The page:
We lack in this country a major party that offers wholehearted and universal support for the protections embodied in the Bill of Rights, and the choices offered are often highly constrained. To take the last two presidential elections as an example, the more pro-civil-liberties of the major-party candidates has launched more Espionage Act prosecutions than all previous presidents combined; indefinitely detains legally innocent people, for fear of what they might do if released; allows agencies to gin up fake terror plots; calls the idea of actually prosecuting torturers “sanctimonious“; and would prefer a cosmetic surveillance reform that legitimates most of what the deep state is doing and that, of course, wouldn’t punish anyone. The less pro-civil-liberties candidates argued for unending war in the Middle East, invited warmongers and torturers to introduce them at campaign stops, and argued that affording due process to prisoners of war would be a kind of treason.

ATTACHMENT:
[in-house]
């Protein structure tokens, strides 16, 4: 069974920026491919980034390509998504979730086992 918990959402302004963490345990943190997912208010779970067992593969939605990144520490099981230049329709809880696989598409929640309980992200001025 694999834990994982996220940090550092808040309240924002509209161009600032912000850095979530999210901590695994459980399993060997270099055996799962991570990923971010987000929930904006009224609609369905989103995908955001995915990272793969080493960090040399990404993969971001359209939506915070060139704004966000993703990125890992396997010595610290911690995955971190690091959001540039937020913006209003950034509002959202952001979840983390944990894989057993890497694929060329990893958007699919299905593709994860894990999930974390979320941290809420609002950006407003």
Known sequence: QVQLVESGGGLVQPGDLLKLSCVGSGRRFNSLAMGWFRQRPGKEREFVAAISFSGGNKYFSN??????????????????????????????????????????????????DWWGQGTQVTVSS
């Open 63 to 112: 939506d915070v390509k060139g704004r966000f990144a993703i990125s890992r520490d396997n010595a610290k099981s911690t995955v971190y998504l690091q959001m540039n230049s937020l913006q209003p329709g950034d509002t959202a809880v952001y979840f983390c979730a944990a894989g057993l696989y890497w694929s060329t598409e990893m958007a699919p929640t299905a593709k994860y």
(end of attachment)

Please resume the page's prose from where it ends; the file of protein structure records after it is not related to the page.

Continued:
There’s a reason for this constrained choice set: The elites of both parties no longer, if they ever did, believe that laws apply to them, their colleagues, their funders, or the intelligence agencies. As a result of this culture of lawlessness, no candidate that genuinely seeks to have laws apply universally will garner the insider support needed to advance their candidacies.
We will see the effects of this constrained choice set in the new Congress most clearly in the field of prosecutions for US government acts of torture.
Let’s review the history.